Arkona is a pagan metal band from Russia. The band is named after the temple fortress of Arkona, on the island of Rugen in Germany. This temple was a religious centre of the Slavic Rani in the early Middle Ages. Ironically the temple was destroyed by Danish invaders (Vikings turned over to Christianity of all things!) and this was the start of the forced Christianization of Eastern Europe.Back at home the band decided not to go on a long hiatus and in October 2008 started working on their 5th album “Goi, Rode, Goi”. The level maintained on the album “Ot Serdca K Nebu” was very high, but the band aimed to make a very unique album, something that had never been done before by them. In the breaks during recording the band managed to release and present the second DVD “Noch Velesova” in May 2009 at Napalm Records, and also Arkona performed at the German festival Winternoise. The work on the album was finished only in June 2009, and we can say now that it was the most laborious and time-taking recording, where more than 40 musicians participated. For the first time the band used a full-fledged chorus and a string quintet, and the special pearl of this album is the 15-minute saga “Na Moey Zemle” which is about the adventures of a Slav in European countries, with the participation of the musicians from such bands as Manegarm, Obtest, Skyforger, Menhir and Heidevolk. The parts of ethnical instruments on this album are performed partly by Vladimir Cherepovsky and partly by Vladimir “Volk”, who has become a full-blown member of Arkona recently. The album cover design was done by Kris Verwimp, known to many. He carried out enormous work drawing a series of conceptual illustrations for each song of this album.Arkona has not forgotten that folk & pagan metal is a straight descend from the black metal from the eighties (see Bathory’s Blood on Ice and Hammerheart) and Arkona still true to these roots. Like Negura Bunget Arkona is not oriented on Scandinavian or German pagan but finds inspiration from Eastern Europe were the Slavs were the last bastion of Paganism during the mediaeval ages. All the songs are in Russian. Does this matter? Not really. While English seems to be the standard language bands such as Korpiklaani have proven that there is more than the language of McDonalds and Coca Cola. Music wise there is a lot of varity between the fourteen songs on the album, ranging from Korpiklaani style party tracks to black metal influenced songs and everything in between. Each time you listen to the album you will hear something new. This is something I really like of this album. And necessary because the album goes on for almost 80 minutes, twice the length of a ‘standard’ folk metal album album.The voice over between some songs gives the album a nice Lord of the Rings feeling (or, even better, think of the movie The 13th Warrior) Speaking of voices: Masha does a very good job on this album.A song like Korochun is a real party song in Korpiklaani style. This is logic because the Korochun was a day similair to Halloween: a day when the Black God (or, in Russian Czernobog and other evil spirits are most potent. Some of the faster songs have a little Cruachan feeling and are an invitation for a moshpit.The album has a solid production but does not sound to polished like the last Leaves’ Eyes album. It has still some rough edges. Conclusion: The album might not a groundbreaking piece of art that will change the course of the pagan metal as we know it but still it is a lot of fun to listen to it. And, it makes you wonder how many more bands from Russia are waiting to be discovered.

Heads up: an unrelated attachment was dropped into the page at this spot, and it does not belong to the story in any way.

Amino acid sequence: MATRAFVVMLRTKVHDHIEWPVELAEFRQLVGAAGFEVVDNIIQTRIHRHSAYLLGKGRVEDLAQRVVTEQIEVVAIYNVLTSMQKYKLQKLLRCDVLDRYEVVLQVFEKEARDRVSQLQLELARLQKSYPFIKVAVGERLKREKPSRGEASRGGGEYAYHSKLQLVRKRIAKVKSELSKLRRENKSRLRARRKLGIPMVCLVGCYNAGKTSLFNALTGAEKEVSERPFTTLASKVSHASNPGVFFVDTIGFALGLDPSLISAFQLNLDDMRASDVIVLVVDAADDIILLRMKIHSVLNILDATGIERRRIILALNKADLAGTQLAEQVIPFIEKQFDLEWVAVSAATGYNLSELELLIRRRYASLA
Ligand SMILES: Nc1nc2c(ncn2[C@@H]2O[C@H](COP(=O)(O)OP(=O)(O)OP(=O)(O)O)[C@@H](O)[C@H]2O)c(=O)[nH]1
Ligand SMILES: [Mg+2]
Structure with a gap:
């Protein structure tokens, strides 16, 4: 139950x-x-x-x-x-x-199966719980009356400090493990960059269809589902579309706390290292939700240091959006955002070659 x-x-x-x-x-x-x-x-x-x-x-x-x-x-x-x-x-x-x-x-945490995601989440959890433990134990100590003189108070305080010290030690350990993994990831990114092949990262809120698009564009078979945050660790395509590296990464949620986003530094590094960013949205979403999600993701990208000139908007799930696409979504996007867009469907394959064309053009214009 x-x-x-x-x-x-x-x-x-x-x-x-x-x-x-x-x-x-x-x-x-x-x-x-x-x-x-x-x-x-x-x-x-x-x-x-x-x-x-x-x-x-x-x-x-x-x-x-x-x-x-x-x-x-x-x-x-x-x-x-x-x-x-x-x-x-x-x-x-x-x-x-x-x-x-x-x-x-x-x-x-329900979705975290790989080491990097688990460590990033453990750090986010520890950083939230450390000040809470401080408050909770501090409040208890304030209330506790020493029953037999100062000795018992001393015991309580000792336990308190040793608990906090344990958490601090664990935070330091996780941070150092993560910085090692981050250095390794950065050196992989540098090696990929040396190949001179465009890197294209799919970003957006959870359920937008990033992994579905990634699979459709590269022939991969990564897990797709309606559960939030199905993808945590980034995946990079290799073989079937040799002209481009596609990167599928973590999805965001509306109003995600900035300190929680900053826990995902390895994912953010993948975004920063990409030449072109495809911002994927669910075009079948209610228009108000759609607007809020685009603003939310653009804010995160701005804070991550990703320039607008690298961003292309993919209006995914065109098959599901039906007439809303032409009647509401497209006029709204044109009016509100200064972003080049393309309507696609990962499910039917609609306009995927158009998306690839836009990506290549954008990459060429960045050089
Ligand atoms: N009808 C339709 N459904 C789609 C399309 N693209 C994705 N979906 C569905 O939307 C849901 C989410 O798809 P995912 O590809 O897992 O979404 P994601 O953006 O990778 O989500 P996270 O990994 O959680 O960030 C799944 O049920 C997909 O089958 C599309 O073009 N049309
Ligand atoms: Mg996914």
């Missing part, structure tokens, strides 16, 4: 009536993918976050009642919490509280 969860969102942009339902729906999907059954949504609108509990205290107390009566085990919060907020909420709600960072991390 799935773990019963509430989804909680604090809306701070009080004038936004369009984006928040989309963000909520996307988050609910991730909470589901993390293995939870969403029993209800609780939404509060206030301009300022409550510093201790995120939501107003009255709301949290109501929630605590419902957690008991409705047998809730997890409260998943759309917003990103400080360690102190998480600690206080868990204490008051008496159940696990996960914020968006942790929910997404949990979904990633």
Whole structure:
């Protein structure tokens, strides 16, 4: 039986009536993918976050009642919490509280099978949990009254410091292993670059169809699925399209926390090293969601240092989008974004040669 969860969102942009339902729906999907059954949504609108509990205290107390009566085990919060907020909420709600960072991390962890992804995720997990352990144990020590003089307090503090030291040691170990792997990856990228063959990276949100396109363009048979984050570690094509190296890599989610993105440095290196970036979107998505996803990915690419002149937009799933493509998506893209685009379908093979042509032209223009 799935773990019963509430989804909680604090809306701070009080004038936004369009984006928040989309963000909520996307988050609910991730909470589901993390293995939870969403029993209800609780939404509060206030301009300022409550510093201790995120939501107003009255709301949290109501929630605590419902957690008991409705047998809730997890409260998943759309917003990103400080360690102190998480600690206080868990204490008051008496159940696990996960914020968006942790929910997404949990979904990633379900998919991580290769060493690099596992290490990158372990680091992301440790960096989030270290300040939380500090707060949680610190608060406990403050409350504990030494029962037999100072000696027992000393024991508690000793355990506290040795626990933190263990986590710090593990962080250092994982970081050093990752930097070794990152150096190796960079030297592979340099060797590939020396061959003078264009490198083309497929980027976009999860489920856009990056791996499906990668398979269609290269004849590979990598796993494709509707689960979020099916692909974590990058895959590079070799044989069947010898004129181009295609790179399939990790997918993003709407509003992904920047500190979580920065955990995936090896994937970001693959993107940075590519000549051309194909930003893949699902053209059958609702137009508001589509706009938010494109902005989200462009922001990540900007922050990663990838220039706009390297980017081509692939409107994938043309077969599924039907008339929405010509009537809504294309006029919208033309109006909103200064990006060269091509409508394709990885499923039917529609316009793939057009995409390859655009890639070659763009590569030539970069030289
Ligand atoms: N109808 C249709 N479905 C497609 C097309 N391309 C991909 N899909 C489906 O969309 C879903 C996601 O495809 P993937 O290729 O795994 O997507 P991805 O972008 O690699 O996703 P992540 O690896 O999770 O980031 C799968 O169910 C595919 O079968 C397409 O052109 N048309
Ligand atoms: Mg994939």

Rating – 90/100
- Goi, Rode, Goi!
- Na Moey Zemle
- V Tsepaikh Drevney Tainy
- Tropoiu Nevenannoi
- Liki Bessmertnykh Bogov
- Kolo Navi
- Kebo Hmuroe, Tuchi Mrachniye
- Masha “Scream” Arhipova – Vocals
- Sergei “Lazar” – Guitars
- Vladimir “Volk” – Wind Ethnic Instruments (Flutes & Bagpipes)
- Ruzlan “Kniaz” – Bass
- Vlad “Artist” Sokolov – Drums & Keyboards
Style switcher only on this demo version. Theme styles can be changed from Options page.